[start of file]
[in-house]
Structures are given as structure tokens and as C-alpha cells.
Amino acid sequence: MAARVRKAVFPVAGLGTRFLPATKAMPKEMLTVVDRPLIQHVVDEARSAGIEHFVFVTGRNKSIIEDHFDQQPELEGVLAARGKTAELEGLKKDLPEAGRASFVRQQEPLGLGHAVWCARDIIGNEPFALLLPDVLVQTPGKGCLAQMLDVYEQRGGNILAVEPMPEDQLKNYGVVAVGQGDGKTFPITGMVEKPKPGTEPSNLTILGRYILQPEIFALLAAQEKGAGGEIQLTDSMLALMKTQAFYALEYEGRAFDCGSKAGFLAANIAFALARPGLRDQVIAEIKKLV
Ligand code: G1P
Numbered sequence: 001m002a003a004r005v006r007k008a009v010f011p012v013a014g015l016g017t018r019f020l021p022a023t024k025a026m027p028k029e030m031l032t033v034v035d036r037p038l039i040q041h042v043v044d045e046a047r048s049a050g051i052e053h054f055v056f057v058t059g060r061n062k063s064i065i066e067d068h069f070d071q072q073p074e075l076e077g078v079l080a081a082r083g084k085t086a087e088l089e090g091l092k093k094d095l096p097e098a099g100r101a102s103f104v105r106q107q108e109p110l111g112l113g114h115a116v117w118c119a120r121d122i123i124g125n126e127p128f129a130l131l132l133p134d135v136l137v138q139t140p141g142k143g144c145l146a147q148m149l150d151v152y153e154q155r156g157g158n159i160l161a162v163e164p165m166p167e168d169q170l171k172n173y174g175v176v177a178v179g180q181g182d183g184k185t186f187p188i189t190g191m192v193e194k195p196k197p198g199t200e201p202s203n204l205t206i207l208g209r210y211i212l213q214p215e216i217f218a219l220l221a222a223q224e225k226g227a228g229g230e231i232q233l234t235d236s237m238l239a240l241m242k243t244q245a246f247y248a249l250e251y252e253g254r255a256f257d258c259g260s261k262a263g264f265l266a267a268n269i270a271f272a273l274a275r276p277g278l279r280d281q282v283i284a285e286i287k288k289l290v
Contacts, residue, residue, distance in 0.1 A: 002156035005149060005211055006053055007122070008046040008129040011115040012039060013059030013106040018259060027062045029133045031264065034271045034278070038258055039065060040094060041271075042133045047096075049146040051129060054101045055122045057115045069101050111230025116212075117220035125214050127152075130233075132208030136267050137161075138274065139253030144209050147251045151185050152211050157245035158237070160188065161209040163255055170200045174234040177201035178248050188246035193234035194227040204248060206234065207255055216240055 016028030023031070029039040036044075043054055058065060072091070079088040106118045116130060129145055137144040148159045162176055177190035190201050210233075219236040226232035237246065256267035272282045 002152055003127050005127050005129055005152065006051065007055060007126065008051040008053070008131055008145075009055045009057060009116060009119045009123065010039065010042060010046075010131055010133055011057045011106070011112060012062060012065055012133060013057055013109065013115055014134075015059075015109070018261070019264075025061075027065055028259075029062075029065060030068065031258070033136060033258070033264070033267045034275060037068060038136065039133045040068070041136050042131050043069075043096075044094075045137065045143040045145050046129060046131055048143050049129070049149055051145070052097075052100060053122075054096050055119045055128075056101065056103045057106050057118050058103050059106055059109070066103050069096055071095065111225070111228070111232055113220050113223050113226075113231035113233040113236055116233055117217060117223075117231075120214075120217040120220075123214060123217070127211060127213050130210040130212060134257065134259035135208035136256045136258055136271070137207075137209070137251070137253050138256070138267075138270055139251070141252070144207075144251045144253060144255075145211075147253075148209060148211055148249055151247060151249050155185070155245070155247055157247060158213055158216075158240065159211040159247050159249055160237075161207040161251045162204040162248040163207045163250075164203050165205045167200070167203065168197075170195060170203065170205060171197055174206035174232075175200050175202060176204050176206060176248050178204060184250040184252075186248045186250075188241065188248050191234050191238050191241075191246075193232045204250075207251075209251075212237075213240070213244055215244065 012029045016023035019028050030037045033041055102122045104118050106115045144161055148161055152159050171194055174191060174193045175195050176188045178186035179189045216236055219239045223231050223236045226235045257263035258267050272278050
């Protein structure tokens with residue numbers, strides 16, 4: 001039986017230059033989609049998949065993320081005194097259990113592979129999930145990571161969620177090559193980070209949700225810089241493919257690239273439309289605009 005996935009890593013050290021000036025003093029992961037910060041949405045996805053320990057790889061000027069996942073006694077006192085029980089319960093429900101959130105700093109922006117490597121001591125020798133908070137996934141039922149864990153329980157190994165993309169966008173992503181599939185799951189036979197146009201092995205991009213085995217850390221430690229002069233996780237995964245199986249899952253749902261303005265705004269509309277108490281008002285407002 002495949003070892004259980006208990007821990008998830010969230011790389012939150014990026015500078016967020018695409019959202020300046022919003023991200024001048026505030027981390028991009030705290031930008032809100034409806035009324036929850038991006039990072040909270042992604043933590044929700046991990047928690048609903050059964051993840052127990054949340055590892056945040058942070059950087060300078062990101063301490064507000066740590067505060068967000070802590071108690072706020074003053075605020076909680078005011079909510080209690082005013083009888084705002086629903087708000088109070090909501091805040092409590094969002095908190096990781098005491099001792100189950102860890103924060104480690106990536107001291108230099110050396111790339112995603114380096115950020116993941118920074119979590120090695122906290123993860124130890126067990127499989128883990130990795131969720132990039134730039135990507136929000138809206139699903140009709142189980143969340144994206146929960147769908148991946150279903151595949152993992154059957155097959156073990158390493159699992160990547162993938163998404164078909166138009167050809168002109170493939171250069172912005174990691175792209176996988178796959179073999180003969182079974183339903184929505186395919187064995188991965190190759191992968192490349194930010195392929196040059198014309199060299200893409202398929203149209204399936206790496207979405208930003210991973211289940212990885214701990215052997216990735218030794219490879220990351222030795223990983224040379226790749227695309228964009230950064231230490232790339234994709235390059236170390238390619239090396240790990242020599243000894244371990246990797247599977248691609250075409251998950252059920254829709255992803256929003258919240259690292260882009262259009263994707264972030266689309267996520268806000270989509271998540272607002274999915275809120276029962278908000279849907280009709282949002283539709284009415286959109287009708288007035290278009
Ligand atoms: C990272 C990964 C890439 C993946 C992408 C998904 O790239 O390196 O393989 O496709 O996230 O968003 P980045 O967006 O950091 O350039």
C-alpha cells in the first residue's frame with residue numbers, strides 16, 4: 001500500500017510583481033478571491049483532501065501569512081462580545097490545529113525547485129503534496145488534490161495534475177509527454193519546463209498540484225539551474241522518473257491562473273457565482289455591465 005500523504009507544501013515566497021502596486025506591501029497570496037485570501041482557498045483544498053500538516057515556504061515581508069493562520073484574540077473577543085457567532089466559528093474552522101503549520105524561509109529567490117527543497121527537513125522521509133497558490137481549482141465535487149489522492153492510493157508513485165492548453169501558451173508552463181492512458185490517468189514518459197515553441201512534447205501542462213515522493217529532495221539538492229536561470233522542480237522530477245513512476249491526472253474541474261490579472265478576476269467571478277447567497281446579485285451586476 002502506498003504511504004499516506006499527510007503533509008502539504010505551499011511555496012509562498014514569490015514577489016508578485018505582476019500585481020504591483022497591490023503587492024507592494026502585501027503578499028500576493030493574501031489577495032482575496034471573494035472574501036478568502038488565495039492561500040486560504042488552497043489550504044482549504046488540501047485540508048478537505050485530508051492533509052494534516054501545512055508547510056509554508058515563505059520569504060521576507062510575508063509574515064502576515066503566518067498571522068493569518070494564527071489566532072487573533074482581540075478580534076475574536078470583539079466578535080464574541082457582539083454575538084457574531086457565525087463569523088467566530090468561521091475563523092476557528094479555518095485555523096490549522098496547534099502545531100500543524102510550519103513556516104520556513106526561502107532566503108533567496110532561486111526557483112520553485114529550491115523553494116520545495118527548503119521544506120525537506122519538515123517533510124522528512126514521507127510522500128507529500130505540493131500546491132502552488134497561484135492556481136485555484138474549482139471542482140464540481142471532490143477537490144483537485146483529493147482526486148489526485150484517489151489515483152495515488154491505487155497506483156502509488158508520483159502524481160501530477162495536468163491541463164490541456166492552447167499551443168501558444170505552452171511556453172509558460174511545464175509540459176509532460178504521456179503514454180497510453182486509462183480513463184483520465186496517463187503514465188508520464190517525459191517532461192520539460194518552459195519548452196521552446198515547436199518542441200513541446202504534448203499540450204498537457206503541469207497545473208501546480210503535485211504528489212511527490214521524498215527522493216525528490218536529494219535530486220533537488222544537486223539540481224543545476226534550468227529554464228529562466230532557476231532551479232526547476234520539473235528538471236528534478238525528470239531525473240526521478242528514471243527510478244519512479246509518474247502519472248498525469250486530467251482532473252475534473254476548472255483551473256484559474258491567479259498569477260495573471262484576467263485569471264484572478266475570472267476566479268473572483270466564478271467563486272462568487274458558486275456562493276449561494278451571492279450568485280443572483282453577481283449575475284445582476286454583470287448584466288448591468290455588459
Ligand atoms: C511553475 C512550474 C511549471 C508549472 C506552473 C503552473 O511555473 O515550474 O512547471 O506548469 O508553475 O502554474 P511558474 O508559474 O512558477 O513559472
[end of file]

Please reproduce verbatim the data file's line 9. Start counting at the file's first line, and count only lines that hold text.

C-alpha cells in the first residue's frame with residue numbers, strides 16, 4: 001500500500017510583481033478571491049483532501065501569512081462580545097490545529113525547485129503534496145488534490161495534475177509527454193519546463209498540484225539551474241522518473257491562473273457565482289455591465 005500523504009507544501013515566497021502596486025506591501029497570496037485570501041482557498045483544498053500538516057515556504061515581508069493562520073484574540077473577543085457567532089466559528093474552522101503549520105524561509109529567490117527543497121527537513125522521509133497558490137481549482141465535487149489522492153492510493157508513485165492548453169501558451173508552463181492512458185490517468189514518459197515553441201512534447205501542462213515522493217529532495221539538492229536561470233522542480237522530477245513512476249491526472253474541474261490579472265478576476269467571478277447567497281446579485285451586476 002502506498003504511504004499516506006499527510007503533509008502539504010505551499011511555496012509562498014514569490015514577489016508578485018505582476019500585481020504591483022497591490023503587492024507592494026502585501027503578499028500576493030493574501031489577495032482575496034471573494035472574501036478568502038488565495039492561500040486560504042488552497043489550504044482549504046488540501047485540508048478537505050485530508051492533509052494534516054501545512055508547510056509554508058515563505059520569504060521576507062510575508063509574515064502576515066503566518067498571522068493569518070494564527071489566532072487573533074482581540075478580534076475574536078470583539079466578535080464574541082457582539083454575538084457574531086457565525087463569523088467566530090468561521091475563523092476557528094479555518095485555523096490549522098496547534099502545531100500543524102510550519103513556516104520556513106526561502107532566503108533567496110532561486111526557483112520553485114529550491115523553494116520545495118527548503119521544506120525537506122519538515123517533510124522528512126514521507127510522500128507529500130505540493131500546491132502552488134497561484135492556481136485555484138474549482139471542482140464540481142471532490143477537490144483537485146483529493147482526486148489526485150484517489151489515483152495515488154491505487155497506483156502509488158508520483159502524481160501530477162495536468163491541463164490541456166492552447167499551443168501558444170505552452171511556453172509558460174511545464175509540459176509532460178504521456179503514454180497510453182486509462183480513463184483520465186496517463187503514465188508520464190517525459191517532461192520539460194518552459195519548452196521552446198515547436199518542441200513541446202504534448203499540450204498537457206503541469207497545473208501546480210503535485211504528489212511527490214521524498215527522493216525528490218536529494219535530486220533537488222544537486223539540481224543545476226534550468227529554464228529562466230532557476231532551479232526547476234520539473235528538471236528534478238525528470239531525473240526521478242528514471243527510478244519512479246509518474247502519472248498525469250486530467251482532473252475534473254476548472255483551473256484559474258491567479259498569477260495573471262484576467263485569471264484572478266475570472267476566479268473572483270466564478271467563486272462568487274458558486275456562493276449561494278451571492279450568485280443572483282453577481283449575475284445582476286454583470287448584466288448591468290455588459